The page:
Due to nostalgia about watching Star Trek: The Next Generation with my dad on summer evenings on the floor in the living room, late at night after most people were asleep, I am currently re-watching the series.
What I can see now, illuminated by the political consciousness I’ve developed since childhood, is that I didn’t even realize I was being propagandized on those dreamy summer nights into subconsciously adopting liberalism as the default political orientation.
I have previously written about the liberal ideology embedded in Star Trek that might not be so obvious at first glance to the politically unattuned — at least in the older iterations of the show (I haven’t watched any post-Deep Space Nine Star Trek, but from what I gather here and there on social media, the newer series are unsurprisingly more brazen in their wokeness).
In the Star Trek universe, human civilization, represented by the United Federation of Planets, the multi-world, centralized government that swallowed up Earth and then expanded to other planets, is an egalitarian utopia. There are no gender roles, and there is no money. Healthcare is, of course, universal. To the extent possible facilitated by technology, human suffering has been eliminated. Multiple alien races serve alongside humans in the Federation military service, which sets it apart from other more primitive, less enlightened races encountered like the Klingons, Romulans, etc. This lends the Federation the moral authority it assumes as the justification for its expansion.
The best propaganda, of course, passes as entertainment so that the consumer isn’t even aware of it as such and, as a result, his guard is let down. MSNBC could learn something about this kind of subtle approach. Instead, the best they have on offer is the joyless woke scold Rachel Maddow who appeals only to a tiny niche of suburban liberal white women with purple hair and — apropos to the discussion here — a litter of uniformly non-binary children “liberated” from the Patriarchy™ or whatever. This is one of the many reasons their ratings suck, and they’re not likely to improve at any point in the foreseeable future.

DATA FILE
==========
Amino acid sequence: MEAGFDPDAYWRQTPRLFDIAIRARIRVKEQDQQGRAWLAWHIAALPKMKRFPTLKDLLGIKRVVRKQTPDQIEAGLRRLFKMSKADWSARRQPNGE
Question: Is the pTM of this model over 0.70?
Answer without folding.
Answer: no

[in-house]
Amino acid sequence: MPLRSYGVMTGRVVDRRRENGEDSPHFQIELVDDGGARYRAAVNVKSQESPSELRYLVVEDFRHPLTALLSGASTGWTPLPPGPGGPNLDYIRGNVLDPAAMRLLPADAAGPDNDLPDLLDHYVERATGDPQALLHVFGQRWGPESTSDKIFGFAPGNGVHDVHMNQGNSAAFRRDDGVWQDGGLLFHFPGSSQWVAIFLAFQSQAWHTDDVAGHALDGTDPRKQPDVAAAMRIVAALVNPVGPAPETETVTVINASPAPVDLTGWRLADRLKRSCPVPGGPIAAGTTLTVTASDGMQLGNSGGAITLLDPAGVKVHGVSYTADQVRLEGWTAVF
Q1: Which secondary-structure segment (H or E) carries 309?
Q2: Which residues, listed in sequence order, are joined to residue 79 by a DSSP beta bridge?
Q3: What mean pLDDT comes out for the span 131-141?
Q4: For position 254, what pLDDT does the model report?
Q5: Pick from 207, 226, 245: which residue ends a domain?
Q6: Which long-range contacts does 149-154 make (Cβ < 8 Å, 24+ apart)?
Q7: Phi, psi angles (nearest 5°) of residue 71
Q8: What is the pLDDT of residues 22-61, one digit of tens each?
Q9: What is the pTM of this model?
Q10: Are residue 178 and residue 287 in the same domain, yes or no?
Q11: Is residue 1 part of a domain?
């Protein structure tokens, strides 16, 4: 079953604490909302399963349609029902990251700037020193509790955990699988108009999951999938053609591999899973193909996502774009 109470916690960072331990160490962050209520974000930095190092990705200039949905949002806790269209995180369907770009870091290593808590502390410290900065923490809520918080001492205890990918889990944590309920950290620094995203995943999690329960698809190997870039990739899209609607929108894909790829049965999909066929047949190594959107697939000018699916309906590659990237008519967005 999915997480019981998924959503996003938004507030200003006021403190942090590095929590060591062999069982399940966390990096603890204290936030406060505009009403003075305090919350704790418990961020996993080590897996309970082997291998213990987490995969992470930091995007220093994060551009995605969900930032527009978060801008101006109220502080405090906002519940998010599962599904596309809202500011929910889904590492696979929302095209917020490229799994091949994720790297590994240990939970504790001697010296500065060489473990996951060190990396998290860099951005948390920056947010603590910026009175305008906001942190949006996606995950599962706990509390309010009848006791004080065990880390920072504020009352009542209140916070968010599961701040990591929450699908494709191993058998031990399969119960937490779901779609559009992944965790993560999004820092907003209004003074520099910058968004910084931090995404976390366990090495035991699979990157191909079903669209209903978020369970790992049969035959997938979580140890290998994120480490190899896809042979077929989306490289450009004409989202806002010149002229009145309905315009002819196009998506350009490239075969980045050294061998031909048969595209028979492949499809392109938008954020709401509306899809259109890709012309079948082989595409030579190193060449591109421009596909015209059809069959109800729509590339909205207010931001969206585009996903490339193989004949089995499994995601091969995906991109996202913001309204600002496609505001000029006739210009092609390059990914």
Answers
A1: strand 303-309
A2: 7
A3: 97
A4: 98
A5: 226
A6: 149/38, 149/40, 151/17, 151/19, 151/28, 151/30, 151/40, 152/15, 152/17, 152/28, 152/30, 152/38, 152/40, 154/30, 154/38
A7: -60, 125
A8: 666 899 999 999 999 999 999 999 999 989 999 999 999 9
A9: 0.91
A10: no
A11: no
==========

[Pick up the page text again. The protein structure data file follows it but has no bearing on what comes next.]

I recently watched an episode called “The Outcast” (Season 5, Episode 17), which originally aired March 16, 1992. In it, the Enterprise crew encounters a sophisticated humanoid alien race called the J’naii that has advanced beyond the primitive gender binary that still afflicts the human race. The Jnaii are all androgynous in appearance. The actors were obviously selected based on how difficult their gender was to suss out.
After some foreplay in a shuttlecraft, some “misgendering” before misgendering was a thing, awkward questions about human genitals posed to the Enterprise doctor Beverly Crusher, one of the J’naii called Soren falls in love with Commander Riker, which is forbidden in their culture because men and women were phased out some years ago.
This little affair births a whole moral conundrum. Soren is put on trial on her home planet for her sex crimes. She is found guilty and undergoes some form of conversion therapy so that when she is reunited with Riker, who travels to the planet to save her, she has been “cured” of her primitive sexual urges.